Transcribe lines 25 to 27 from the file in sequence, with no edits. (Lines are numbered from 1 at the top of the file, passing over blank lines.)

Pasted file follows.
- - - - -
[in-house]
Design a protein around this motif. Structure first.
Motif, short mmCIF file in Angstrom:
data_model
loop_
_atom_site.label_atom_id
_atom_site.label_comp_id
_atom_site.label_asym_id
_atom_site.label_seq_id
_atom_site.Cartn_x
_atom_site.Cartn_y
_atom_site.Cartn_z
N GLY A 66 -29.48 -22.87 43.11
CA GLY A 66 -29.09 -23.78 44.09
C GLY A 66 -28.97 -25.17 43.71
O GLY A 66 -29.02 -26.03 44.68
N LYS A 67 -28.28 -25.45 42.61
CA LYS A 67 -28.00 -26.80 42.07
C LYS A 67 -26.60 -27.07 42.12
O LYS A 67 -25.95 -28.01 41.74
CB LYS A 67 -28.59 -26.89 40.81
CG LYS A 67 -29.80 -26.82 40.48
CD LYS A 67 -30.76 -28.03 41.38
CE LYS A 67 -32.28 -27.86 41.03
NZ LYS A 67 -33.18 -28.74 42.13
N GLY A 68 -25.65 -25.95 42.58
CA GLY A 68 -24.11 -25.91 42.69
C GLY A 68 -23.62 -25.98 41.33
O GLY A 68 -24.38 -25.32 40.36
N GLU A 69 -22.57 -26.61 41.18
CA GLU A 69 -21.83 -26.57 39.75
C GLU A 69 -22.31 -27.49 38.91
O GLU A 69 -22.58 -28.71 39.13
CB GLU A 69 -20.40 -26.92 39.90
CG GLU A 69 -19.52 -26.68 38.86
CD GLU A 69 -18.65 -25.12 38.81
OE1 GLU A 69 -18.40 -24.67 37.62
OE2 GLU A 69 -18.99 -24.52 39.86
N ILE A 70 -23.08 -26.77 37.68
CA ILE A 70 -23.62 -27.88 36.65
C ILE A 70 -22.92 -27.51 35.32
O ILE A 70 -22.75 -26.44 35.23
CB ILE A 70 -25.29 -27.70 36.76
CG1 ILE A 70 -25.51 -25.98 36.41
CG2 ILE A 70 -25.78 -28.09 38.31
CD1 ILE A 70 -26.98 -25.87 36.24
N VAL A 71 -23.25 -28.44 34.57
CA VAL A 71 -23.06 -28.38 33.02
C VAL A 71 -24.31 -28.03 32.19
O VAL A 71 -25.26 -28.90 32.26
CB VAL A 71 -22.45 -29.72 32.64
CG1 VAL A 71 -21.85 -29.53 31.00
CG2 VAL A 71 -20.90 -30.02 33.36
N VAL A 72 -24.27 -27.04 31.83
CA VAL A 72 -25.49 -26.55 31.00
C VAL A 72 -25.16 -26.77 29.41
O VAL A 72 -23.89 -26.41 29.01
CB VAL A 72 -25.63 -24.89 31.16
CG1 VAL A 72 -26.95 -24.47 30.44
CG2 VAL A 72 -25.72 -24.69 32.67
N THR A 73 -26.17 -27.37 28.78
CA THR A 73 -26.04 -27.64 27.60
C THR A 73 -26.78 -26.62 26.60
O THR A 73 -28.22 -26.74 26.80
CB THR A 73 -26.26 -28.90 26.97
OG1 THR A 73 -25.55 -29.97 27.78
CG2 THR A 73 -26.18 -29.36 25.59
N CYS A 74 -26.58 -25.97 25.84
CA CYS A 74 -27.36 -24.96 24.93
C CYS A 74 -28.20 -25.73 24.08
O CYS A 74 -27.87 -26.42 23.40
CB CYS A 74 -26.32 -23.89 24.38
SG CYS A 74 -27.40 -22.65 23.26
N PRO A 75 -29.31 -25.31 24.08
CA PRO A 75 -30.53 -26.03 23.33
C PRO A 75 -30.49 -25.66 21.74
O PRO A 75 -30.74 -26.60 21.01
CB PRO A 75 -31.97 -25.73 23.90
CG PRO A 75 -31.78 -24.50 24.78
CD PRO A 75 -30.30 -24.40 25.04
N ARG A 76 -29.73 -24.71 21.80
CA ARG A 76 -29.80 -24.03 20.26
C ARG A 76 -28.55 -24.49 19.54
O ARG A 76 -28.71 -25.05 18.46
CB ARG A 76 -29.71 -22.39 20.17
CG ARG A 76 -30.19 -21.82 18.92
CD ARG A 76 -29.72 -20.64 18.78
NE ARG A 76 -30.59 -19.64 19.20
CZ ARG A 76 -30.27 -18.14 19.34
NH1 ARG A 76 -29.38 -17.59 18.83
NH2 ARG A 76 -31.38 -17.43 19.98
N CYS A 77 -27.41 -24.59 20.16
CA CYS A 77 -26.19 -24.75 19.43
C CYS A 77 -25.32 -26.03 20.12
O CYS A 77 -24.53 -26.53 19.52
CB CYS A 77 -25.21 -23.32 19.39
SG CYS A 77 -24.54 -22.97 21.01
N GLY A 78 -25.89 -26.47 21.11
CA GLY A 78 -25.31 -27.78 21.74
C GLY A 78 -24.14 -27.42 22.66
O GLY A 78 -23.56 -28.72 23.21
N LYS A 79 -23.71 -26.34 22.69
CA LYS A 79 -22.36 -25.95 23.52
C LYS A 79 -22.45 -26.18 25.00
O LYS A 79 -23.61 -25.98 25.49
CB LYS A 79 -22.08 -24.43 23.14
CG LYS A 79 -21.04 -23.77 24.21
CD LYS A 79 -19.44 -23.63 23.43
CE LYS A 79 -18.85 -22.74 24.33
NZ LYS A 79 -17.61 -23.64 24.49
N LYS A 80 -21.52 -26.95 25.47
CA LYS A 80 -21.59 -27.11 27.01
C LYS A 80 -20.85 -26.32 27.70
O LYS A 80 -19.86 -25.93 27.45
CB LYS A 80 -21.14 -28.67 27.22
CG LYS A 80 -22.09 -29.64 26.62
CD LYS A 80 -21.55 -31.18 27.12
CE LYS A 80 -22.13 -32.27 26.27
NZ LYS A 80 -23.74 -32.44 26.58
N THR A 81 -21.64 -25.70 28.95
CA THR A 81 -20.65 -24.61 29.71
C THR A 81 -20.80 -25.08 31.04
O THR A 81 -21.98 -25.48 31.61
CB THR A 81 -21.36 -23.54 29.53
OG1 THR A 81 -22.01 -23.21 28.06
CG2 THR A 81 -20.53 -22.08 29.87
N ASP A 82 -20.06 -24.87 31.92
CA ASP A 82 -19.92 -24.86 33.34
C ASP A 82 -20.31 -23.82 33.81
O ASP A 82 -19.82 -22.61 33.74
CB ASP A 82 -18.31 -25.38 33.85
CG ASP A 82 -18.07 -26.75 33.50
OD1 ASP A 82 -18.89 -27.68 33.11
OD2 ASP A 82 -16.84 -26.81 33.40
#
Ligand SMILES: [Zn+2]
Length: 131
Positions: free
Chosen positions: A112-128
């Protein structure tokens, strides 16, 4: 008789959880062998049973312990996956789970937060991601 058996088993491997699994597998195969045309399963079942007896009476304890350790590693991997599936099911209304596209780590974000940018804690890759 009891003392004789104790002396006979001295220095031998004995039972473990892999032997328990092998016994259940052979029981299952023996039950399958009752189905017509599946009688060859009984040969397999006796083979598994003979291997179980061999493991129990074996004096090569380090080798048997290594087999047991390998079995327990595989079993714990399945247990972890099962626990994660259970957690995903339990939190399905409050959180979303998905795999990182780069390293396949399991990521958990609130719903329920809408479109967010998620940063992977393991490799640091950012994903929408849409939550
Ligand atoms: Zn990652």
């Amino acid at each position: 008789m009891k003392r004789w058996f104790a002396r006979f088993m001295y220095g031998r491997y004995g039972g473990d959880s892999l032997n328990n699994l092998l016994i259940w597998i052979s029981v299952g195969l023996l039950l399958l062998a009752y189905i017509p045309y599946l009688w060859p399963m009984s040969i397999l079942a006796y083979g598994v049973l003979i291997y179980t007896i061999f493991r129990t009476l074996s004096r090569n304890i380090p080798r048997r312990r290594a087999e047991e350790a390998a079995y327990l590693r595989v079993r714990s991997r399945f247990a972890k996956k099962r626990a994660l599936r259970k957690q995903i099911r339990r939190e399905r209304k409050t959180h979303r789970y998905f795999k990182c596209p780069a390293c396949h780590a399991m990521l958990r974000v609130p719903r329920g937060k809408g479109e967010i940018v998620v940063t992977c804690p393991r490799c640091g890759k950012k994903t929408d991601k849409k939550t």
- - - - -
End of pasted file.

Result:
NZ LYS A 67 -33.18 -28.74 42.13
N GLY A 68 -25.65 -25.95 42.58
CA GLY A 68 -24.11 -25.91 42.69